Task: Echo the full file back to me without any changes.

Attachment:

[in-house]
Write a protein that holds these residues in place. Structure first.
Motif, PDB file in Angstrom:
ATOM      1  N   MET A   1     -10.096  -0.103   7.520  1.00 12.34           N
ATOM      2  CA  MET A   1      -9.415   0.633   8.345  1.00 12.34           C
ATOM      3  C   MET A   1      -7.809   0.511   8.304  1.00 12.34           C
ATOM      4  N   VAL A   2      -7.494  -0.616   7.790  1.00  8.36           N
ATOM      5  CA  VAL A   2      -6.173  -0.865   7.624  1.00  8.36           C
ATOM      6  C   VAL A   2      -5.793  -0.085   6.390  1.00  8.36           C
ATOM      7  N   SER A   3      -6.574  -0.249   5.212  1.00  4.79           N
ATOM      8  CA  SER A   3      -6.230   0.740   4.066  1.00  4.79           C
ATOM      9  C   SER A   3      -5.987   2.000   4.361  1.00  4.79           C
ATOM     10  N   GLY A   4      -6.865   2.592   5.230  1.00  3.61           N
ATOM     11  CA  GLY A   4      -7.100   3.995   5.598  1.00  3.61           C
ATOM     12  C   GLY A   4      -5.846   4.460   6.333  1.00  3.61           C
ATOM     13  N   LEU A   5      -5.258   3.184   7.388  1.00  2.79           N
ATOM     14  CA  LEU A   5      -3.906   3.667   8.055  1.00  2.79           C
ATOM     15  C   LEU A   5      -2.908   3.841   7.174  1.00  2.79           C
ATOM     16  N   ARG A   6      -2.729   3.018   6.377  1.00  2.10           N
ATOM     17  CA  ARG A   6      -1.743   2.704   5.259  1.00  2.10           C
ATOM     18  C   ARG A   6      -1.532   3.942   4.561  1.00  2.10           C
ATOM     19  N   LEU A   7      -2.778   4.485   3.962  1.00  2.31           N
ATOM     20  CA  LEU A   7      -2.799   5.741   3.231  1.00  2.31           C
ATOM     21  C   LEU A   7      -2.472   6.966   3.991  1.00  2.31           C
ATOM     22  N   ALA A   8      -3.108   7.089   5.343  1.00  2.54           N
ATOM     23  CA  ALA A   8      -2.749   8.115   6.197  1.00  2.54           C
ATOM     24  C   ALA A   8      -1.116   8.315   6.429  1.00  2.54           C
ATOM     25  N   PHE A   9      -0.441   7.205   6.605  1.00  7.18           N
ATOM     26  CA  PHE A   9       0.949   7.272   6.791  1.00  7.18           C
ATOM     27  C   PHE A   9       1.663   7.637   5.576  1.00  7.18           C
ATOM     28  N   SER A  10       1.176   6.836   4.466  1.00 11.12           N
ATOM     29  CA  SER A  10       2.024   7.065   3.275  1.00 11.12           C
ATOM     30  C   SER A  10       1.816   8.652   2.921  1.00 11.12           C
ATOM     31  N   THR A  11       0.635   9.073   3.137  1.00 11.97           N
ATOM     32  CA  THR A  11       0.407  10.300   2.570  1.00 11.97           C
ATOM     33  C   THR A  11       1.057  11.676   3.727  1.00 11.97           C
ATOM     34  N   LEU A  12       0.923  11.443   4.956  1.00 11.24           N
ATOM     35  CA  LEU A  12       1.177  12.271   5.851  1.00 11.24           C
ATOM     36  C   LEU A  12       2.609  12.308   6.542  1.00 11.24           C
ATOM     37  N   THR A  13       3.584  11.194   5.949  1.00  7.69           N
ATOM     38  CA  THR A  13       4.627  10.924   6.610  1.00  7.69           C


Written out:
[in-house]
Write a protein that holds these residues in place. Structure first.
Motif, PDB file in Angstrom:
ATOM      1  N   MET A   1     -10.096  -0.103   7.520  1.00 12.34           N
ATOM      2  CA  MET A   1      -9.415   0.633   8.345  1.00 12.34           C
ATOM      3  C   MET A   1      -7.809   0.511   8.304  1.00 12.34           C
ATOM      4  N   VAL A   2      -7.494  -0.616   7.790  1.00  8.36           N
ATOM      5  CA  VAL A   2      -6.173  -0.865   7.624  1.00  8.36           C
ATOM      6  C   VAL A   2      -5.793  -0.085   6.390  1.00  8.36           C
ATOM      7  N   SER A   3      -6.574  -0.249   5.212  1.00  4.79           N
ATOM      8  CA  SER A   3      -6.230   0.740   4.066  1.00  4.79           C
ATOM      9  C   SER A   3      -5.987   2.000   4.361  1.00  4.79           C
ATOM     10  N   GLY A   4      -6.865   2.592   5.230  1.00  3.61           N
ATOM     11  CA  GLY A   4      -7.100   3.995   5.598  1.00  3.61           C
ATOM     12  C   GLY A   4      -5.846   4.460   6.333  1.00  3.61           C
ATOM     13  N   LEU A   5      -5.258   3.184   7.388  1.00  2.79           N
ATOM     14  CA  LEU A   5      -3.906   3.667   8.055  1.00  2.79           C
ATOM     15  C   LEU A   5      -2.908   3.841   7.174  1.00  2.79           C
ATOM     16  N   ARG A   6      -2.729   3.018   6.377  1.00  2.10           N
ATOM     17  CA  ARG A   6      -1.743   2.704   5.259  1.00  2.10           C
ATOM     18  C   ARG A   6      -1.532   3.942   4.561  1.00  2.10           C
ATOM     19  N   LEU A   7      -2.778   4.485   3.962  1.00  2.31           N
ATOM     20  CA  LEU A   7      -2.799   5.741   3.231  1.00  2.31           C
ATOM     21  C   LEU A   7      -2.472   6.966   3.991  1.00  2.31           C
ATOM     22  N   ALA A   8      -3.108   7.089   5.343  1.00  2.54           N
ATOM     23  CA  ALA A   8      -2.749   8.115   6.197  1.00  2.54           C
ATOM     24  C   ALA A   8      -1.116   8.315   6.429  1.00  2.54           C
ATOM     25  N   PHE A   9      -0.441   7.205   6.605  1.00  7.18           N
ATOM     26  CA  PHE A   9       0.949   7.272   6.791  1.00  7.18           C
ATOM     27  C   PHE A   9       1.663   7.637   5.576  1.00  7.18           C
ATOM     28  N   SER A  10       1.176   6.836   4.466  1.00 11.12           N
ATOM     29  CA  SER A  10       2.024   7.065   3.275  1.00 11.12           C
ATOM     30  C   SER A  10       1.816   8.652   2.921  1.00 11.12           C
ATOM     31  N   THR A  11       0.635   9.073   3.137  1.00 11.97           N
ATOM     32  CA  THR A  11       0.407  10.300   2.570  1.00 11.97           C
ATOM     33  C   THR A  11       1.057  11.676   3.727  1.00 11.97           C
ATOM     34  N   LEU A  12       0.923  11.443   4.956  1.00 11.24           N
ATOM     35  CA  LEU A  12       1.177  12.271   5.851  1.00 11.24           C
ATOM     36  C   LEU A  12       2.609  12.308   6.542  1.00 11.24           C
ATOM     37  N   THR A  13       3.584  11.194   5.949  1.00  7.69           N
ATOM     38  CA  THR A  13       4.627  10.924   6.610  1.00  7.69           C